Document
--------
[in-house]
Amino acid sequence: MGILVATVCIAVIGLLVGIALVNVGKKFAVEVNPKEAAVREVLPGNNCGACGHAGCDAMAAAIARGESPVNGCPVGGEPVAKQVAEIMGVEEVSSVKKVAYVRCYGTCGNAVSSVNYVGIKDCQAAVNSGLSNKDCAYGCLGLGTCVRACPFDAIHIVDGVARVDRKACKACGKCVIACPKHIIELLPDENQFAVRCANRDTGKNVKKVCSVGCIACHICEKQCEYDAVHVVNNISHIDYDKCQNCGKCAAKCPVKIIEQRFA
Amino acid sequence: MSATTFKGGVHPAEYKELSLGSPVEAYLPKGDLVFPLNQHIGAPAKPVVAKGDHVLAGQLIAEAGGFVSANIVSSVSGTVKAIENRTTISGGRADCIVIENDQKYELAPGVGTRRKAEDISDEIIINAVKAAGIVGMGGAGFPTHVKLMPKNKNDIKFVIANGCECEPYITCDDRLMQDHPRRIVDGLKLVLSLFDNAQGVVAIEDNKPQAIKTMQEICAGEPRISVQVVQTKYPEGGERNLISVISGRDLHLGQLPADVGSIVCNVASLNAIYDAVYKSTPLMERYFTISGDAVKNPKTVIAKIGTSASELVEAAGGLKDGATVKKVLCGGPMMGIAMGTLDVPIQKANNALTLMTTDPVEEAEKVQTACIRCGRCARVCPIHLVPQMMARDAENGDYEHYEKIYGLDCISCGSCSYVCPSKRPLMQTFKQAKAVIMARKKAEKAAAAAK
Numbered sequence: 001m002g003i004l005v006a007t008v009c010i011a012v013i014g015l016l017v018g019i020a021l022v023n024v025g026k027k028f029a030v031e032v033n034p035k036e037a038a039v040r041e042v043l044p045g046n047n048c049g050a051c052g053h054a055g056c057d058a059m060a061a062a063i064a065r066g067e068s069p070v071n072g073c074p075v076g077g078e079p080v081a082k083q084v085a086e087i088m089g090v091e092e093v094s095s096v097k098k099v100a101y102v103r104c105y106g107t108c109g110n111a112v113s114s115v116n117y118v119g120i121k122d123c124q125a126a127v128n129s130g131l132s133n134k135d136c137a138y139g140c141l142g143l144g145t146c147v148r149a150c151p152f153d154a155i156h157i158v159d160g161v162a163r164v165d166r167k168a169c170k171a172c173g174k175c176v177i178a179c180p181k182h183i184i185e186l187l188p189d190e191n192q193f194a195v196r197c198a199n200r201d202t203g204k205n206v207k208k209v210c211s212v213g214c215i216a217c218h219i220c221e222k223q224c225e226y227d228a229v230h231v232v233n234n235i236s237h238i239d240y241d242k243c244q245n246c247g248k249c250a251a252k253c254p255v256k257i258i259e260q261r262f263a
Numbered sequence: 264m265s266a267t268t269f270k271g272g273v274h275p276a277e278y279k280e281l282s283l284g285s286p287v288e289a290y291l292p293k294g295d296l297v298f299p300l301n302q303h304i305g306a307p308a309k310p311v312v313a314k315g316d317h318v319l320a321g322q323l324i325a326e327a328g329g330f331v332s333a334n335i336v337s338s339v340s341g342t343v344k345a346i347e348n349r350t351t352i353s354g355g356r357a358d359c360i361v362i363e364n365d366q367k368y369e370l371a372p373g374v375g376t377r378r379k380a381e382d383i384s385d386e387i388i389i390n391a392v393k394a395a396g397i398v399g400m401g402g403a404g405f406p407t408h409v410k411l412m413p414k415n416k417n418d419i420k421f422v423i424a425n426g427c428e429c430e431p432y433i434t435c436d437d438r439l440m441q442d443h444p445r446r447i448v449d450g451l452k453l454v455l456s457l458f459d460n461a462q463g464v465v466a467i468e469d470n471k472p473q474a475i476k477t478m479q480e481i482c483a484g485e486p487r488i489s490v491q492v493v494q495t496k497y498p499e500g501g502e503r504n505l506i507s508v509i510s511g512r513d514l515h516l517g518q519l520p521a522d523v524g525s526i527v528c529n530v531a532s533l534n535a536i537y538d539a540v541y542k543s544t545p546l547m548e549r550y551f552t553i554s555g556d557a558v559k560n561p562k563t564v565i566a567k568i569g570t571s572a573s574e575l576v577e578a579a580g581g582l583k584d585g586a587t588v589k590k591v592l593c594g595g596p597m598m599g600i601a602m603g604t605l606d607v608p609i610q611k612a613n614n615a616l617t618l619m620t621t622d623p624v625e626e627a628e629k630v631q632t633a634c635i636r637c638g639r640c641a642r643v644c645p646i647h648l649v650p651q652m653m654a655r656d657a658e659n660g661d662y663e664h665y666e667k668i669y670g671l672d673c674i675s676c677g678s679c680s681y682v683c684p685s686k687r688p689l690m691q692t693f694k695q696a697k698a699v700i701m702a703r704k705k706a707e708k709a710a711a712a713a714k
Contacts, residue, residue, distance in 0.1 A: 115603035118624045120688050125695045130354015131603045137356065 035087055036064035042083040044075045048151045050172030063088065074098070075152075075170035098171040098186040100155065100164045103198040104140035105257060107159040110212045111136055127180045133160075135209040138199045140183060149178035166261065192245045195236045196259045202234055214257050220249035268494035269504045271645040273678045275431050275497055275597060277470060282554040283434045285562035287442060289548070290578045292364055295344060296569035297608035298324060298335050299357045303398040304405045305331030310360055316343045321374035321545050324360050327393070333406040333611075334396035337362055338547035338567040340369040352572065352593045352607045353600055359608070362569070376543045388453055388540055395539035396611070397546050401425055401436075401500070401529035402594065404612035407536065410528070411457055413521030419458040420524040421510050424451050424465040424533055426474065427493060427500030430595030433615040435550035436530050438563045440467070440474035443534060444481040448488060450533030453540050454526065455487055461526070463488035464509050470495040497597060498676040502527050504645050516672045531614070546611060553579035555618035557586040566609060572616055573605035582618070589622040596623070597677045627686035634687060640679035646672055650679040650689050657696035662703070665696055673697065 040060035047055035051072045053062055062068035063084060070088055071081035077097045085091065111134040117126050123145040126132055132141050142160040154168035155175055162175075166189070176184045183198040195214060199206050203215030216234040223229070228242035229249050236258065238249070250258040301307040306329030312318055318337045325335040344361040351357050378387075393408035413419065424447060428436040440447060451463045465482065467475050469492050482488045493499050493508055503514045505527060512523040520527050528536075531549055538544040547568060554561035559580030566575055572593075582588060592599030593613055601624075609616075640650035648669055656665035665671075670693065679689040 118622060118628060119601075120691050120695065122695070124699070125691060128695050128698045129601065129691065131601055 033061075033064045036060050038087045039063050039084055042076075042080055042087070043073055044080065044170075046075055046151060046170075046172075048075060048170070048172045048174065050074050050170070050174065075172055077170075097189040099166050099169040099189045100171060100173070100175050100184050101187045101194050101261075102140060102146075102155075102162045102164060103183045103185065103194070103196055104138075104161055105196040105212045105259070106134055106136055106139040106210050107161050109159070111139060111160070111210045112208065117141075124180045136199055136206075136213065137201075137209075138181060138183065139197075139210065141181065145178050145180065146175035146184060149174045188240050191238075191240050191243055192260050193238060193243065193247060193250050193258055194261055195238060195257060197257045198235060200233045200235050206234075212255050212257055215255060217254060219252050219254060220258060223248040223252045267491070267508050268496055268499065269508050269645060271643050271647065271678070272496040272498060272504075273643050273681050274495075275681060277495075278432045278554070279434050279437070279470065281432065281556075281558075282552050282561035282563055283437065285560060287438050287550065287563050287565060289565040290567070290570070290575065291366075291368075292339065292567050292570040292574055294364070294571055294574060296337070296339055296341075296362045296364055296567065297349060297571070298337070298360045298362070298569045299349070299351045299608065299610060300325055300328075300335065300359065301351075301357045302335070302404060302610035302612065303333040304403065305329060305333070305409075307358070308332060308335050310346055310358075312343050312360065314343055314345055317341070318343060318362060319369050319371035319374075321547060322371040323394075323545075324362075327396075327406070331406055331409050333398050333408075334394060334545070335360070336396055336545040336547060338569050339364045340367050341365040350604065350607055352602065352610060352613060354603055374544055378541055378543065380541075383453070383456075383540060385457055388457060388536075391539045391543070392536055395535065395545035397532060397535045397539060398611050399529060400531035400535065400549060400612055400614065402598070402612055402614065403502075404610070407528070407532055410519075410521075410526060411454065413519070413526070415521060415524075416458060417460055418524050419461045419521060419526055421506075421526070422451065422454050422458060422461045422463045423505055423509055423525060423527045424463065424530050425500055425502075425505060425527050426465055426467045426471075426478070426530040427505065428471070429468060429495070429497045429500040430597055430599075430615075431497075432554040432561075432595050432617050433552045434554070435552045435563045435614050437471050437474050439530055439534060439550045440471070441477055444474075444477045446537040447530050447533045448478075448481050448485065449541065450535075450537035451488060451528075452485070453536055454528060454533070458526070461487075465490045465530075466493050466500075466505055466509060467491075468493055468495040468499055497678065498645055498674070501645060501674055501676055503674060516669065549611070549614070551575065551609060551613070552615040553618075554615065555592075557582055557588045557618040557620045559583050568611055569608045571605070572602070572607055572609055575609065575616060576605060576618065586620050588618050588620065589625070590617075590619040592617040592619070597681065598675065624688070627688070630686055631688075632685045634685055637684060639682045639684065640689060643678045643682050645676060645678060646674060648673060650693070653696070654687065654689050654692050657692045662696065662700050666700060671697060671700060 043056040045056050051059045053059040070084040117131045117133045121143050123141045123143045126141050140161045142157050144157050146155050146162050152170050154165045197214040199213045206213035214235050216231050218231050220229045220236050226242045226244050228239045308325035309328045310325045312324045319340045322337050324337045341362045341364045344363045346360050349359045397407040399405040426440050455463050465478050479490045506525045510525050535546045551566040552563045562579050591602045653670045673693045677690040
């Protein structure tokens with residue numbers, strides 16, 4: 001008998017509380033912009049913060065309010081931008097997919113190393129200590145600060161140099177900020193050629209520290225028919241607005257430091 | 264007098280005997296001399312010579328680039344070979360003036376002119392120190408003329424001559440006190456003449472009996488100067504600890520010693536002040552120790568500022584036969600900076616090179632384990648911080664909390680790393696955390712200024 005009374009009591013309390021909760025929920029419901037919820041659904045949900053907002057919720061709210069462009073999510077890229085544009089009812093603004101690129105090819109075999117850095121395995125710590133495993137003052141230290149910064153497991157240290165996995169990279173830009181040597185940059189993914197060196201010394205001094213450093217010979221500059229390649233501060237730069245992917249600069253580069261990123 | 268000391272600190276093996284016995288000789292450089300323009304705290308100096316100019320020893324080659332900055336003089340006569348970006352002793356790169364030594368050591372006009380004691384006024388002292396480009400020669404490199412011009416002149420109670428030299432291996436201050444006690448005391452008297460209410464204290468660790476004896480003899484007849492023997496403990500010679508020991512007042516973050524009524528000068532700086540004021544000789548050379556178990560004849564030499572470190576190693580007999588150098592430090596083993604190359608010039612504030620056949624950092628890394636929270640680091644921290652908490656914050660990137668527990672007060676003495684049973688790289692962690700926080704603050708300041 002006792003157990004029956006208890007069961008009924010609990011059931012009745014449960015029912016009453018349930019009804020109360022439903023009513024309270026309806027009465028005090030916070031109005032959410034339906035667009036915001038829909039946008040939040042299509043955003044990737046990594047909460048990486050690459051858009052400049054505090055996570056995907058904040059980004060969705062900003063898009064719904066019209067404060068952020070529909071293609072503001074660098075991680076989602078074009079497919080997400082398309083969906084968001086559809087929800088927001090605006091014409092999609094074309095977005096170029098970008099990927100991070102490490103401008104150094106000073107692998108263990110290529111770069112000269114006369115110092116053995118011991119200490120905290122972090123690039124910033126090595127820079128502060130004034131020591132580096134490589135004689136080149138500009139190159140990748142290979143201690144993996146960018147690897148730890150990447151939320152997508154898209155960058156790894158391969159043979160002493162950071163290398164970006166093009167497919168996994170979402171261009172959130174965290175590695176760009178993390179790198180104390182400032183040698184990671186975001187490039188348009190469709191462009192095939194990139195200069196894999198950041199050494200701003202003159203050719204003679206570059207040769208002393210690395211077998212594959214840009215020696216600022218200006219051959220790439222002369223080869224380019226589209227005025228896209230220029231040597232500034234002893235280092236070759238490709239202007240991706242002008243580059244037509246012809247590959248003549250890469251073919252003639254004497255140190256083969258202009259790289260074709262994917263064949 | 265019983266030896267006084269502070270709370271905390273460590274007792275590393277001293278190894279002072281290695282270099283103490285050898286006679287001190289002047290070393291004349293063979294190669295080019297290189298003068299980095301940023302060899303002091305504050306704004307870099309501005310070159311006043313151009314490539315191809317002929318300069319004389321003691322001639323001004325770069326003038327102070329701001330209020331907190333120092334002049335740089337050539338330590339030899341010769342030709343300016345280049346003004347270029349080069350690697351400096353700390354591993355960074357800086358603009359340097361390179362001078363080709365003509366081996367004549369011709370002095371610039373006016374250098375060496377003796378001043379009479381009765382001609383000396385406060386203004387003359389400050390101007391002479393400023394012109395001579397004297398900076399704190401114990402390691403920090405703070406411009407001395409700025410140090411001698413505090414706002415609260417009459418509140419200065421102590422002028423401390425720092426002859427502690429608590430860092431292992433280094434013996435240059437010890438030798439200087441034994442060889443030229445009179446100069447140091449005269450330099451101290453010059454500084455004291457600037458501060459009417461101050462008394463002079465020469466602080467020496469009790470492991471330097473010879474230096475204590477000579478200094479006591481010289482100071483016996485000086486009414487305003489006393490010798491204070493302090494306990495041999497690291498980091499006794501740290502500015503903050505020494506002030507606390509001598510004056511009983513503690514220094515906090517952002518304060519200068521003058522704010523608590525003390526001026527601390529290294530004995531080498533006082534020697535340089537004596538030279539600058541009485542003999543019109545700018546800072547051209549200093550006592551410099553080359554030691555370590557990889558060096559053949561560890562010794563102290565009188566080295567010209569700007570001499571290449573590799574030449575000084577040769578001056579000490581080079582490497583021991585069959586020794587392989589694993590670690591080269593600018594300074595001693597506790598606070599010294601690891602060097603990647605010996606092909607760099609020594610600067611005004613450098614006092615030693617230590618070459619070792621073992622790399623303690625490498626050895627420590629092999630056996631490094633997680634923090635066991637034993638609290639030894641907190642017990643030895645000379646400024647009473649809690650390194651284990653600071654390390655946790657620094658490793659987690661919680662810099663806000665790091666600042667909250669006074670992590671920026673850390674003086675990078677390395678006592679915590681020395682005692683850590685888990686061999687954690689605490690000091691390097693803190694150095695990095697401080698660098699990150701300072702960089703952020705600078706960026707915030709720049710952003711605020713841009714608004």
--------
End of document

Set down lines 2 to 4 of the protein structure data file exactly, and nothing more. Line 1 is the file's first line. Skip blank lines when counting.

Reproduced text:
Amino acid sequence: MGILVATVCIAVIGLLVGIALVNVGKKFAVEVNPKEAAVREVLPGNNCGACGHAGCDAMAAAIARGESPVNGCPVGGEPVAKQVAEIMGVEEVSSVKKVAYVRCYGTCGNAVSSVNYVGIKDCQAAVNSGLSNKDCAYGCLGLGTCVRACPFDAIHIVDGVARVDRKACKACGKCVIACPKHIIELLPDENQFAVRCANRDTGKNVKKVCSVGCIACHICEKQCEYDAVHVVNNISHIDYDKCQNCGKCAAKCPVKIIEQRFA
Amino acid sequence: MSATTFKGGVHPAEYKELSLGSPVEAYLPKGDLVFPLNQHIGAPAKPVVAKGDHVLAGQLIAEAGGFVSANIVSSVSGTVKAIENRTTISGGRADCIVIENDQKYELAPGVGTRRKAEDISDEIIINAVKAAGIVGMGGAGFPTHVKLMPKNKNDIKFVIANGCECEPYITCDDRLMQDHPRRIVDGLKLVLSLFDNAQGVVAIEDNKPQAIKTMQEICAGEPRISVQVVQTKYPEGGERNLISVISGRDLHLGQLPADVGSIVCNVASLNAIYDAVYKSTPLMERYFTISGDAVKNPKTVIAKIGTSASELVEAAGGLKDGATVKKVLCGGPMMGIAMGTLDVPIQKANNALTLMTTDPVEEAEKVQTACIRCGRCARVCPIHLVPQMMARDAENGDYEHYEKIYGLDCISCGSCSYVCPSKRPLMQTFKQAKAVIMARKKAEKAAAAAK
Numbered sequence: 001m002g003i004l005v006a007t008v009c010i011a012v013i014g015l016l017v018g019i020a021l022v023n024v025g026k027k028f029a030v031e032v033n034p035k036e037a038a039v040r041e042v043l044p045g046n047n048c049g050a051c052g053h054a055g056c057d058a059m060a061a062a063i064a065r066g067e068s069p070v071n072g073c074p075v076g077g078e079p080v081a082k083q084v085a086e087i088m089g090v091e092e093v094s095s096v097k098k099v100a101y102v103r104c105y106g107t108c109g110n111a112v113s114s115v116n117y118v119g120i121k122d123c124q125a126a127v128n129s130g131l132s133n134k135d136c137a138y139g140c141l142g143l144g145t146c147v148r149a150c151p152f153d154a155i156h157i158v159d160g161v162a163r164v165d166r167k168a169c170k171a172c173g174k175c176v177i178a179c180p181k182h183i184i185e186l187l188p189d190e191n192q193f194a195v196r197c198a199n200r201d202t203g204k205n206v207k208k209v210c211s212v213g214c215i216a217c218h219i220c221e222k223q224c225e226y227d228a229v230h231v232v233n234n235i236s237h238i239d240y241d242k243c244q245n246c247g248k249c250a251a252k253c254p255v256k257i258i259e260q261r262f263a